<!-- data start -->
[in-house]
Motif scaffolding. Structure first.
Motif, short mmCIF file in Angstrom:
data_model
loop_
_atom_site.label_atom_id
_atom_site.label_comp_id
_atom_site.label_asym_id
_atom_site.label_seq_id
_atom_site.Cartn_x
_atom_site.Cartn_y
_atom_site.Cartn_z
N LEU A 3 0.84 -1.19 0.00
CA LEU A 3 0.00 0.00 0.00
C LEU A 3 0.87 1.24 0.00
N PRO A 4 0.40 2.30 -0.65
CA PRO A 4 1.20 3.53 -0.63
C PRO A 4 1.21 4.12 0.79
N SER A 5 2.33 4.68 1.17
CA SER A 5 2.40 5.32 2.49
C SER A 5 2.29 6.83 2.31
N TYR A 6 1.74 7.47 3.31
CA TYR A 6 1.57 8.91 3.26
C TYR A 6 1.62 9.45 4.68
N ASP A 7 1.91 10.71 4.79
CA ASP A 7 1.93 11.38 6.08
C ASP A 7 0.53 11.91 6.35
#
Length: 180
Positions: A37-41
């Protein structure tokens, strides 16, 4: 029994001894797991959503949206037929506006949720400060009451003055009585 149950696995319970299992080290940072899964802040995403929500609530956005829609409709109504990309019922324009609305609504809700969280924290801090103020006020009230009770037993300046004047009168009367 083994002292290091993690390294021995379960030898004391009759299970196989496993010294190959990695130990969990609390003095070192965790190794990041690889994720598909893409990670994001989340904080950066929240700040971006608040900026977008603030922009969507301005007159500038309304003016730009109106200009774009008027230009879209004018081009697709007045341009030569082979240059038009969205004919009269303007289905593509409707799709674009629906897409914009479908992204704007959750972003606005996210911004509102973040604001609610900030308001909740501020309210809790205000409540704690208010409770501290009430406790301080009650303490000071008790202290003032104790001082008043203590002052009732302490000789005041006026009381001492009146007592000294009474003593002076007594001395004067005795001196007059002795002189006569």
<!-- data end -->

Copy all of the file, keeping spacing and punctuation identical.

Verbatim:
[in-house]
Motif scaffolding. Structure first.
Motif, short mmCIF file in Angstrom:
data_model
loop_
_atom_site.label_atom_id
_atom_site.label_comp_id
_atom_site.label_asym_id
_atom_site.label_seq_id
_atom_site.Cartn_x
_atom_site.Cartn_y
_atom_site.Cartn_z
N LEU A 3 0.84 -1.19 0.00
CA LEU A 3 0.00 0.00 0.00
C LEU A 3 0.87 1.24 0.00
N PRO A 4 0.40 2.30 -0.65
CA PRO A 4 1.20 3.53 -0.63
C PRO A 4 1.21 4.12 0.79
N SER A 5 2.33 4.68 1.17
CA SER A 5 2.40 5.32 2.49
C SER A 5 2.29 6.83 2.31
N TYR A 6 1.74 7.47 3.31
CA TYR A 6 1.57 8.91 3.26
C TYR A 6 1.62 9.45 4.68
N ASP A 7 1.91 10.71 4.79
CA ASP A 7 1.93 11.38 6.08
C ASP A 7 0.53 11.91 6.35
#
Length: 180
Positions: A37-41
């Protein structure tokens, strides 16, 4: 029994001894797991959503949206037929506006949720400060009451003055009585 149950696995319970299992080290940072899964802040995403929500609530956005829609409709109504990309019922324009609305609504809700969280924290801090103020006020009230009770037993300046004047009168009367 083994002292290091993690390294021995379960030898004391009759299970196989496993010294190959990695130990969990609390003095070192965790190794990041690889994720598909893409990670994001989340904080950066929240700040971006608040900026977008603030922009969507301005007159500038309304003016730009109106200009774009008027230009879209004018081009697709007045341009030569082979240059038009969205004919009269303007289905593509409707799709674009629906897409914009479908992204704007959750972003606005996210911004509102973040604001609610900030308001909740501020309210809790205000409540704690208010409770501290009430406790301080009650303490000071008790202290003032104790001082008043203590002052009732302490000789005041006026009381001492009146007592000294009474003593002076007594001395004067005795001196007059002795002189006569």